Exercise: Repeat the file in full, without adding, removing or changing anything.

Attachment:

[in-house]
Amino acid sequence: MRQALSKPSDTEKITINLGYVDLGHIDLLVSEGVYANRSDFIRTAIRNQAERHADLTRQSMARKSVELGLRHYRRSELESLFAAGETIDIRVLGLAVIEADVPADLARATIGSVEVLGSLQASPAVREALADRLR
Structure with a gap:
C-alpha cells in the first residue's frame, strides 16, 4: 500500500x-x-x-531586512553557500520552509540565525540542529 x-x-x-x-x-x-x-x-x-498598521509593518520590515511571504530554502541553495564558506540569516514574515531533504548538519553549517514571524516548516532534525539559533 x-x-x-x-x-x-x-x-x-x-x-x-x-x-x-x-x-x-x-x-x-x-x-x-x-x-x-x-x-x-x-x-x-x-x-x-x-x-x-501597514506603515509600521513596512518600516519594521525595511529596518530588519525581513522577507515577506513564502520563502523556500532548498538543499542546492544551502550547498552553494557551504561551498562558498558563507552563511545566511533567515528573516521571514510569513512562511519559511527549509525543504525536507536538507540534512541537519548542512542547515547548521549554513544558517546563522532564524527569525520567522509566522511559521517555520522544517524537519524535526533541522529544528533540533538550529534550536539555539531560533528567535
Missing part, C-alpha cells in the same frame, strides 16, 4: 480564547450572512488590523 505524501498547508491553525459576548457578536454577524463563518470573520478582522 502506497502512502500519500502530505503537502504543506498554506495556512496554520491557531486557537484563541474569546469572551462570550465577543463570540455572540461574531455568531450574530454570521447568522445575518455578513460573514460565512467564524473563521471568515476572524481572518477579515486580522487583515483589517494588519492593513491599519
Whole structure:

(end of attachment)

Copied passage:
[in-house]
Amino acid sequence: MRQALSKPSDTEKITINLGYVDLGHIDLLVSEGVYANRSDFIRTAIRNQAERHADLTRQSMARKSVELGLRHYRRSELESLFAAGETIDIRVLGLAVIEADVPADLARATIGSVEVLGSLQASPAVREALADRLR
Structure with a gap:
C-alpha cells in the first residue's frame, strides 16, 4: 500500500x-x-x-531586512553557500520552509540565525540542529 x-x-x-x-x-x-x-x-x-498598521509593518520590515511571504530554502541553495564558506540569516514574515531533504548538519553549517514571524516548516532534525539559533 x-x-x-x-x-x-x-x-x-x-x-x-x-x-x-x-x-x-x-x-x-x-x-x-x-x-x-x-x-x-x-x-x-x-x-x-x-x-x-501597514506603515509600521513596512518600516519594521525595511529596518530588519525581513522577507515577506513564502520563502523556500532548498538543499542546492544551502550547498552553494557551504561551498562558498558563507552563511545566511533567515528573516521571514510569513512562511519559511527549509525543504525536507536538507540534512541537519548542512542547515547548521549554513544558517546563522532564524527569525520567522509566522511559521517555520522544517524537519524535526533541522529544528533540533538550529534550536539555539531560533528567535
Missing part, C-alpha cells in the same frame, strides 16, 4: 480564547450572512488590523 505524501498547508491553525459576548457578536454577524463563518470573520478582522 502506497502512502500519500502530505503537502504543506498554506495556512496554520491557531486557537484563541474569546469572551462570550465577543463570540455572540461574531455568531450574530454570521447568522445575518455578513460573514460565512467564524473563521471568515476572524481572518477579515486580522487583515483589517494588519492593513491599519
Whole structure: